Indian Cheetah among other animal species extinct due to desertification, say researchers

The researcher also said that desertification not only impacts animals but the entire biodiversity, which includes microscopic animals to human beings.

Published: 10th September 2019 02:58 PM  |   Last Updated: 10th September 2019 03:00 PM   |  A+A-

Great Indian Bustard, Indian Cheetah and pink-headed duck. (Photo | EPS)


NEW DELHI: At least three to four species of animals, such as the Indian Cheetah, pink-headed duck, and the Great Indian Bustard, have become extinct due to desertification in India, researchers warned at the 14th meeting of the Conference of Parties to the United Nations Convention to Combat Desertification (UNCCD COP 14).

"We have a database for more than 5.6 million specimens, collected from all over India and also from the neighbouring countries before independence. They give a lot of information about how things have changed in more than 100 years. If you see their distribution in geo-special platforms, you'll realise how much changes have occurred because of the impact of deforestation and desertification," Kailash Chandra, Director of the Zoological Survey of India, told ANI.

He said, "A minimum of three to four species have already become extinct in India, such as India Cheetah, pink-headed duck, and the Great Indian Bustard," adding, "Many more are on the verge of becoming extinct and therefore fall into the category of critically endangered species."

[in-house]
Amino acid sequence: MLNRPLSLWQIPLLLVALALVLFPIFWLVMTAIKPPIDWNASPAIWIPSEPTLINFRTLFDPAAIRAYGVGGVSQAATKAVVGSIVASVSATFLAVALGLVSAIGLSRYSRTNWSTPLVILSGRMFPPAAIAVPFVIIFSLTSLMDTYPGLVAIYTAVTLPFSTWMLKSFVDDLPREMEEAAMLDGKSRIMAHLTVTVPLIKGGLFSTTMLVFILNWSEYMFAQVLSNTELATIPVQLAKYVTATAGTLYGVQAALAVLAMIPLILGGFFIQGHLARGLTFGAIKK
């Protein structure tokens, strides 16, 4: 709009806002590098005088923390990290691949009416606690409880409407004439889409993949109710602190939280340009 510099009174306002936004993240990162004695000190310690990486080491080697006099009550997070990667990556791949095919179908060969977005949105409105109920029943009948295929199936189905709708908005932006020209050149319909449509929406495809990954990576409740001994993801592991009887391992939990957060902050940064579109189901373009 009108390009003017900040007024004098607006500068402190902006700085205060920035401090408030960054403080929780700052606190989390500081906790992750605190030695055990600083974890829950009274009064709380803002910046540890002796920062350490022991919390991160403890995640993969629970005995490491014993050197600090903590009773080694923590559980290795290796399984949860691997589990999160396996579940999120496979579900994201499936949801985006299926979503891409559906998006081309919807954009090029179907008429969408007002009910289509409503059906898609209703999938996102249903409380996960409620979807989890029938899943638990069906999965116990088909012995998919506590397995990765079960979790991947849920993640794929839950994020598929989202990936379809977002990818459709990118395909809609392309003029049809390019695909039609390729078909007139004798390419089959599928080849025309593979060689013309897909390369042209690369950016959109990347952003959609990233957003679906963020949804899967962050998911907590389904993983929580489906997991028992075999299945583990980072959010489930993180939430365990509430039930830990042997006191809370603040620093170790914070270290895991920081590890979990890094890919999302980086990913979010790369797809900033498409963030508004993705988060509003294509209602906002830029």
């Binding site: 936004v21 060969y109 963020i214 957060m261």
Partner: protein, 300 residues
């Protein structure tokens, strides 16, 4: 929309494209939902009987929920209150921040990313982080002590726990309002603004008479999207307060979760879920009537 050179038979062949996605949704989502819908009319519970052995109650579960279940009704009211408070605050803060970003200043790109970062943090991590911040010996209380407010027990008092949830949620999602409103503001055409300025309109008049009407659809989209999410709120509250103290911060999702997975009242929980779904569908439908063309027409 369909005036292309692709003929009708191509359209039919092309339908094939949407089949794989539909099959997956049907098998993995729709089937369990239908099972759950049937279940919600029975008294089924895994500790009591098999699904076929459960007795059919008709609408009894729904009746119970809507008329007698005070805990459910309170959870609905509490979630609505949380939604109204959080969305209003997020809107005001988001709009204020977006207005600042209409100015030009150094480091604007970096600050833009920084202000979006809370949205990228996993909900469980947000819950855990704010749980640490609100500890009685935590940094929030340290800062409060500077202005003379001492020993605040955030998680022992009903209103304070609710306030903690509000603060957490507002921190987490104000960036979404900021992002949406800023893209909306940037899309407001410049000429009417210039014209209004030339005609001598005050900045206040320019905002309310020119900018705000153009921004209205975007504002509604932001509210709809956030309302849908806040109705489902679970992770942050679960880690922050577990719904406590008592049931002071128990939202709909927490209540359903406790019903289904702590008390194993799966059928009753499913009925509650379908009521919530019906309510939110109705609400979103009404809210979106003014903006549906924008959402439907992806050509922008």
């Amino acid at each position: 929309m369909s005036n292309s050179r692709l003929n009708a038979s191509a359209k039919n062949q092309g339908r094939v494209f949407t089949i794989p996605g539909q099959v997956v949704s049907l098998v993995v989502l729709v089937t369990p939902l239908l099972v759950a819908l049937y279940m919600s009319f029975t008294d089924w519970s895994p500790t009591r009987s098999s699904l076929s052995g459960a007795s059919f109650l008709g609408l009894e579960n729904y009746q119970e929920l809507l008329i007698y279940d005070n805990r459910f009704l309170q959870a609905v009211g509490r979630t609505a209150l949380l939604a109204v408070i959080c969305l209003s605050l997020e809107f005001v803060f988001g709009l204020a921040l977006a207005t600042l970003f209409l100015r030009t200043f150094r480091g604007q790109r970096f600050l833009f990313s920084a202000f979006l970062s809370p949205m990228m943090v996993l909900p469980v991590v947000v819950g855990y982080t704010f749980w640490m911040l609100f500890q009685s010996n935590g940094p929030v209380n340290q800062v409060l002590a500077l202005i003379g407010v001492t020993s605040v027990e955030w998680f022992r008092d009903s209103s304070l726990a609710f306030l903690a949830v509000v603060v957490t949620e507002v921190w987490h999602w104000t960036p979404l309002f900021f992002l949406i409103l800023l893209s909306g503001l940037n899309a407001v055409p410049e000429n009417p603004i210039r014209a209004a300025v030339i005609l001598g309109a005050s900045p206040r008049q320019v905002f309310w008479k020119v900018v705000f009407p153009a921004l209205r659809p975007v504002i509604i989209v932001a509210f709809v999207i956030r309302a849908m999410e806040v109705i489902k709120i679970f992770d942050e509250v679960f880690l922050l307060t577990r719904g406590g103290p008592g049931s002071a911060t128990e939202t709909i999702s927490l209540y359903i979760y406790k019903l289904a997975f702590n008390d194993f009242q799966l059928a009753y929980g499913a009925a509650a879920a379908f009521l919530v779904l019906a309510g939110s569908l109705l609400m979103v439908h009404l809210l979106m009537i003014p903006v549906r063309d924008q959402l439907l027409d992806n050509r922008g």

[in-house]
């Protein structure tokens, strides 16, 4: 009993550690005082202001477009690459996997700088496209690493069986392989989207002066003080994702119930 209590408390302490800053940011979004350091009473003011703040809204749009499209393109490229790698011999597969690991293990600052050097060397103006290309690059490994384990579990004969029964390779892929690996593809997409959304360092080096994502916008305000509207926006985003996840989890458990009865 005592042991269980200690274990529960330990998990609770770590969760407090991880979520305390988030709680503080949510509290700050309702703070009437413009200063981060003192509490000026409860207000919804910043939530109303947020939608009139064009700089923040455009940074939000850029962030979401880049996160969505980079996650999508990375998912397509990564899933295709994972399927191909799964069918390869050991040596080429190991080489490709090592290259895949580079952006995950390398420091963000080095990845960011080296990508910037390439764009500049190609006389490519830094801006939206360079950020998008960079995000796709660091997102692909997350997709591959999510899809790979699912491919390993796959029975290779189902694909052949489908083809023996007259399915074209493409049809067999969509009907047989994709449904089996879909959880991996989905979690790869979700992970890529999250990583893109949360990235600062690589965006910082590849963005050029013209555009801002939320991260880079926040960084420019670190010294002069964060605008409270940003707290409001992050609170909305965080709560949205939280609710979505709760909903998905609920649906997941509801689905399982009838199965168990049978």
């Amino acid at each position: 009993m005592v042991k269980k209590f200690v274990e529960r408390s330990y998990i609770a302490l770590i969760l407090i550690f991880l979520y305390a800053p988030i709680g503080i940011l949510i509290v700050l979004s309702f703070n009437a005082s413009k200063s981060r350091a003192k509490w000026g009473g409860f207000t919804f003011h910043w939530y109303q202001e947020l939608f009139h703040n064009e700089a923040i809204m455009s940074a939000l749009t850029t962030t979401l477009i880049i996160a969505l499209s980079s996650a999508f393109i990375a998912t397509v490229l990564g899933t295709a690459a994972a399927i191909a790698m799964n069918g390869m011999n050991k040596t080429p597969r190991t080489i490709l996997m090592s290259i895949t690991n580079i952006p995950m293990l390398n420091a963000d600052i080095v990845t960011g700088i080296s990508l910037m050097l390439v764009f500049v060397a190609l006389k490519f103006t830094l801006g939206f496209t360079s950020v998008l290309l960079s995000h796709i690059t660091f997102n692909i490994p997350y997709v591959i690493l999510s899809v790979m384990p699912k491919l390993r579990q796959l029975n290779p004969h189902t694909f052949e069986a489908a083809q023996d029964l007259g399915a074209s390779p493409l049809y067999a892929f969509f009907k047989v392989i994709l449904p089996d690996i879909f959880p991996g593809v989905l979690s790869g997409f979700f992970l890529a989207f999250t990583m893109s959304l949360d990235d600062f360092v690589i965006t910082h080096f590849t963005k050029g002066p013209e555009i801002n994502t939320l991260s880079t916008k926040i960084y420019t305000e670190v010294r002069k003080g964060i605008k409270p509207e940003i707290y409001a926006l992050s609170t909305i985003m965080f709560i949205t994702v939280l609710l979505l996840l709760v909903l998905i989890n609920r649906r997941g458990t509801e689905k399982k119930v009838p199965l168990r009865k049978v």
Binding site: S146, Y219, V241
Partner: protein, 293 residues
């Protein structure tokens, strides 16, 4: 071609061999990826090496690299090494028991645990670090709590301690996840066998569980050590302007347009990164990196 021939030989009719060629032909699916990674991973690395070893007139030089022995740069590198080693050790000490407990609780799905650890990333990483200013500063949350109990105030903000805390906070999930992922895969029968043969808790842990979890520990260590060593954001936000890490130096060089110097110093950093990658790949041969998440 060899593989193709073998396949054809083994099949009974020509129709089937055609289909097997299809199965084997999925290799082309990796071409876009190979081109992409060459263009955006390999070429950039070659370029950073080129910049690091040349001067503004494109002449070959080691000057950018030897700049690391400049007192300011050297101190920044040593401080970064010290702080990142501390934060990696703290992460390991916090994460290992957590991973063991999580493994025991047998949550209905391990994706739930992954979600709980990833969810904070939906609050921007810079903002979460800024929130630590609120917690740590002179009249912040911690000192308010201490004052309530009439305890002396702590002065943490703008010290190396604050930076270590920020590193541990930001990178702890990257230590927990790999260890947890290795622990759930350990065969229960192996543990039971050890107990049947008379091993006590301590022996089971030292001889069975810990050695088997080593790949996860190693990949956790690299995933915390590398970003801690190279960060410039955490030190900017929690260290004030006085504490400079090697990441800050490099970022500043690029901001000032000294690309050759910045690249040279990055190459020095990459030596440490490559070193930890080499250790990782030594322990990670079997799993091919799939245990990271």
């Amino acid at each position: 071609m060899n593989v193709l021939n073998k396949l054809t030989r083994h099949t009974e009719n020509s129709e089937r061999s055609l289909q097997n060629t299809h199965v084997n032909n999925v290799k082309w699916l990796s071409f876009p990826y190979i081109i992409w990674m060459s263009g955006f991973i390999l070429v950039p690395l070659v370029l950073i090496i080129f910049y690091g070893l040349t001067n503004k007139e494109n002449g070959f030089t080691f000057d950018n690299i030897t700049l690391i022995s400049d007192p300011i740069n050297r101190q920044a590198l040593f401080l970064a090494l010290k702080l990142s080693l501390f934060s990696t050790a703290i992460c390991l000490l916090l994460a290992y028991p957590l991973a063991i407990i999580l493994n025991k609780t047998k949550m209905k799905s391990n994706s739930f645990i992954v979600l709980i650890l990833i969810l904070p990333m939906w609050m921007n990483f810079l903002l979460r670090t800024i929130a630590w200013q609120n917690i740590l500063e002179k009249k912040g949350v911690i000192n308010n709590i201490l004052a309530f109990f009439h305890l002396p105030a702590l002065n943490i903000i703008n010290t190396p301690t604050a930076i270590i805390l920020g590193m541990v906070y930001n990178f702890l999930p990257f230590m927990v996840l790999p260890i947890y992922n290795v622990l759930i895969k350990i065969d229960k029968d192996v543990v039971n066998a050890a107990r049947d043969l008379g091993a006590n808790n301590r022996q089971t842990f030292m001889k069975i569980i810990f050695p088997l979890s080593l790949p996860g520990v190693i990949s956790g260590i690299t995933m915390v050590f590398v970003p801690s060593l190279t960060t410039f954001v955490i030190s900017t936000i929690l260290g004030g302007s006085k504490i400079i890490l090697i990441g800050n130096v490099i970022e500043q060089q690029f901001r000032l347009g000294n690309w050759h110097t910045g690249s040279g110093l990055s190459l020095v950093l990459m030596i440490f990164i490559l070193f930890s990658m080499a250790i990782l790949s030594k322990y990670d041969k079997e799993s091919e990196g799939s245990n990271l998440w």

"These specimens have reduced to less than 150," the researcher stressed. "This is a matter of great concern," he noted further.

Chandra stressed that desertification may be caused due to insecticides, pesticides, conversion to agricultural land, industries and chemicals, indiscriminate development but "everything has to be regulated so that it could be minimised and we can reverse this process back."

The researcher also said that desertification not only impacts animals but the entire biodiversity, which includes microscopic animals to human beings.

"The entire food chain is affected due to this (desertification)," Chandra stressed.

It was also stated in the forum that India faces a growing crisis of land degradation. More than 30 per cent of its land area has been degraded through deforestation, over-cultivation, soil erosion and depletion of wetlands.

The Convention, started earlier this week, came at a critical juncture when not only India but the entire world is facing problems regarding soil aridity, where some of the most vulnerable ecosystems can be found.

Stay up to date on all the latest Nation news with The New Indian Express App. Download now
(Get the news that matters from New Indian Express on WhatsApp. Click this link and hit 'Click to Subscribe'. Follow the instructions after that.)


Disclaimer : We respect your thoughts and views! But we need to be judicious while moderating your comments. All the comments will be moderated by the editorial. Abstain from posting comments that are obscene, defamatory or inflammatory, and do not indulge in personal attacks. Try to avoid outside hyperlinks inside the comment. Help us delete comments that do not follow these guidelines.

The views expressed in comments published on are those of the comment writers alone. They do not represent the views or opinions of or its staff, nor do they represent the views or opinions of The New Indian Express Group, or any entity of, or affiliated with, The New Indian Express Group. reserves the right to take any or all comments down at any time.

flipboard facebook twitter whatsapp